Undetectable “Ghostware” and metamorphosing malware
New threats are emerging in the cyber security world; “ghostware” erases any indicators of compromise, making it difficult for organizations to track the extent of data loss or what systems are compromised. Another, similarly sneaky type of threat to emerge is malware that changes depending on whether it has been detected by security software. It can morph itself into safe code when it detects that it is operating inside a security protected “sandbox” created by security software. When the malicious code is checked and confirmed as safe, it is let loose on the operating system, at which point it morphs into its intended malicious code.
Windows 10’s Edge browser as vulnerable as IE
As ever Internet Explorer offers very little confidence on the cyber security front. As hard as Microsoft try to keep it patched, it still remains the most vulnerable web browser available. Not to mention the fact that while it remains the default browser in Windows, it is the most popular. Combine these two factors and this makes it the highest yielding target for attackers.
Microsoft promised that the Edge browser in Windows 10 would bring a greater level of security to Microsoft’s browsing experience, but recent recent reports suggest that the code it shares with Internet Explorer is unfortunately the vulnerable stuff that needs to be patched regularly.
Combine this with the fact that Microsoft’s critical updates are often ignored or delayed due to the poor user experience when your Windows PC installs updates, often rendering itself useless for various lengths of time. What you end up with is an out of date browser laid bare for attackers to compromise. The alternative options keep themselves up to date, quietly, tidily, without asking and without fuss and as such are intrinsically more secure.
Combating 2016 Cyber Security Threats
Segregate your IoT and BYOD devices
Devices that you cannot control or cannot secure must be segregated on a network that has no access to important corporate services and machines. A simple solution to tackle one of the most potentially destructive threats, but very rarely is this put in to practice in the real world.
Choose proven, proactive and up to date security software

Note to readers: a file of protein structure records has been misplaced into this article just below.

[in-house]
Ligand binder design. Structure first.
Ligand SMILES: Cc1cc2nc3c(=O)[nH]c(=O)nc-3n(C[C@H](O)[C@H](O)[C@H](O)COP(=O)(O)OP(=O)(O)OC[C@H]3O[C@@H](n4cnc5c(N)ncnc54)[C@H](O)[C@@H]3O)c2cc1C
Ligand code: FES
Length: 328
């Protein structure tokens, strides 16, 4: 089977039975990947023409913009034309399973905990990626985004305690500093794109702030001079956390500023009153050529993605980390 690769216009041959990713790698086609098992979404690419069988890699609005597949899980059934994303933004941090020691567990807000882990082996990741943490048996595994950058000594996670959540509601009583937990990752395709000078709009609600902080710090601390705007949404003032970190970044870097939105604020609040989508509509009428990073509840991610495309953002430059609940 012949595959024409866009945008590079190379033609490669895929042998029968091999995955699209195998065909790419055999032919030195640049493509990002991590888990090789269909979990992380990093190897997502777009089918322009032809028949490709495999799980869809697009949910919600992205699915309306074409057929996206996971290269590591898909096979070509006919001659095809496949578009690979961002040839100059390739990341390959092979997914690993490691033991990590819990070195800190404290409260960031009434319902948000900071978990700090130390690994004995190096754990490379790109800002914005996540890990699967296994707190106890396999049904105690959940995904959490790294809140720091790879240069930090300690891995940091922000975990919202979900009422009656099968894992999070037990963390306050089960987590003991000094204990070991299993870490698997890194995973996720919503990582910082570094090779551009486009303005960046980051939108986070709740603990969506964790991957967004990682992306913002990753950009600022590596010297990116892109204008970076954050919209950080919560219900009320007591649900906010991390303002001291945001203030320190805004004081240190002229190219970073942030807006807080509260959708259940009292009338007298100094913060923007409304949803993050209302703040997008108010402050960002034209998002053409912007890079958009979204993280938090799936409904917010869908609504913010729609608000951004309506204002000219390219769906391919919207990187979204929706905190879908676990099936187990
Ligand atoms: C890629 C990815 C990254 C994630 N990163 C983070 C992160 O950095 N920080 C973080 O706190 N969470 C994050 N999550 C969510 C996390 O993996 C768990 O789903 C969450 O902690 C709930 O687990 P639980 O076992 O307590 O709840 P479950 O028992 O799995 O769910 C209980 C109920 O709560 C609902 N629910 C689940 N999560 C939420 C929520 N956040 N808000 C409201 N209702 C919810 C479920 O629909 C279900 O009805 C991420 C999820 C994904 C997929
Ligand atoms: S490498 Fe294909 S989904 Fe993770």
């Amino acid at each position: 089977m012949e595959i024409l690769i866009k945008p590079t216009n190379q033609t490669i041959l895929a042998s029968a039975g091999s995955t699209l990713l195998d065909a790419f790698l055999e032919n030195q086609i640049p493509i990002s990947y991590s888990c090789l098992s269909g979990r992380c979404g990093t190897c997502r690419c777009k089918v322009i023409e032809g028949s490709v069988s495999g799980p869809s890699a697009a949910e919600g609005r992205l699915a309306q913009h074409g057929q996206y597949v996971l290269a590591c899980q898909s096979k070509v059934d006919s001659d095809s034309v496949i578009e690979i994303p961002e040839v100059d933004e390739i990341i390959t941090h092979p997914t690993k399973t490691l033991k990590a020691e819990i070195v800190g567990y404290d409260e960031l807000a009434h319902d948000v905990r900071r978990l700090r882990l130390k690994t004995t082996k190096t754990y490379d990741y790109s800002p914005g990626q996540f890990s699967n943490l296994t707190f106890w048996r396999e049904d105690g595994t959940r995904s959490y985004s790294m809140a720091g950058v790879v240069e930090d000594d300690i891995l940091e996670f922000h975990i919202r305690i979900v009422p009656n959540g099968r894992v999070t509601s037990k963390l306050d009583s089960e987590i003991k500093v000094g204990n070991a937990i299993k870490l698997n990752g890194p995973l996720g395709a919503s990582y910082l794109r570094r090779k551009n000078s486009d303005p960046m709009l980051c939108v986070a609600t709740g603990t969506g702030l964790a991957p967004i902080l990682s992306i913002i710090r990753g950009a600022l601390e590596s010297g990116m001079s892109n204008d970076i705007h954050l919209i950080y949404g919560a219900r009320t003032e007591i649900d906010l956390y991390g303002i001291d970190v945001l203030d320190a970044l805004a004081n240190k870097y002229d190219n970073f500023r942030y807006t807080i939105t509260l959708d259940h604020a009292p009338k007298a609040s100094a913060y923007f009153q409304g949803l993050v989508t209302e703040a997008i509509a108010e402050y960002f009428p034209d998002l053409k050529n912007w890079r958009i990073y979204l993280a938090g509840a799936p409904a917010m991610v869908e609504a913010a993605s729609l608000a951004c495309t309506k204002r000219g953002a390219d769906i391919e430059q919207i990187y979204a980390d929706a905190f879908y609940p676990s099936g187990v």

Where you can secure your devices, including Apple and hypervisor machines, use proven software that keeps itself up to date and which has a centrally managed alert system to warn your administrators when a breach or malicious code has been detected. It sounds obvious, but so often we have seen high end security software that is out of date without any notification system set-up.
Use a security centric web browser
The default browsers in OS X and Windows have the highest user base, the greatest number of vulnerabilities and as such are targeted the most. Make it harder for attackers to compromise your web activity by using a browser that is both security centric, self updating and that is targeted less frequently. Bolster this protection by using anti-exploit and web filtering software to further prevent dangerous websites from executing malicious code on your machine.
Perform penetration testing of your public services
Attempt to breach your own network using all known techniques. Do this on a regular basis, the vulnerability landscape changes every day.
Choose the right IT support partner
Bristol Technology Group has you covered. We offer the following services to help keep you protected from cyber threats when online
- Enterprise grade secured VPNs
- Cyber security news @BristolTech
- Comprehensive IT support network
- Scheduled penetration testing services
- Free security audits to new customers
- Private, secure Cloud backup services
- Contingency planning and disaster recovery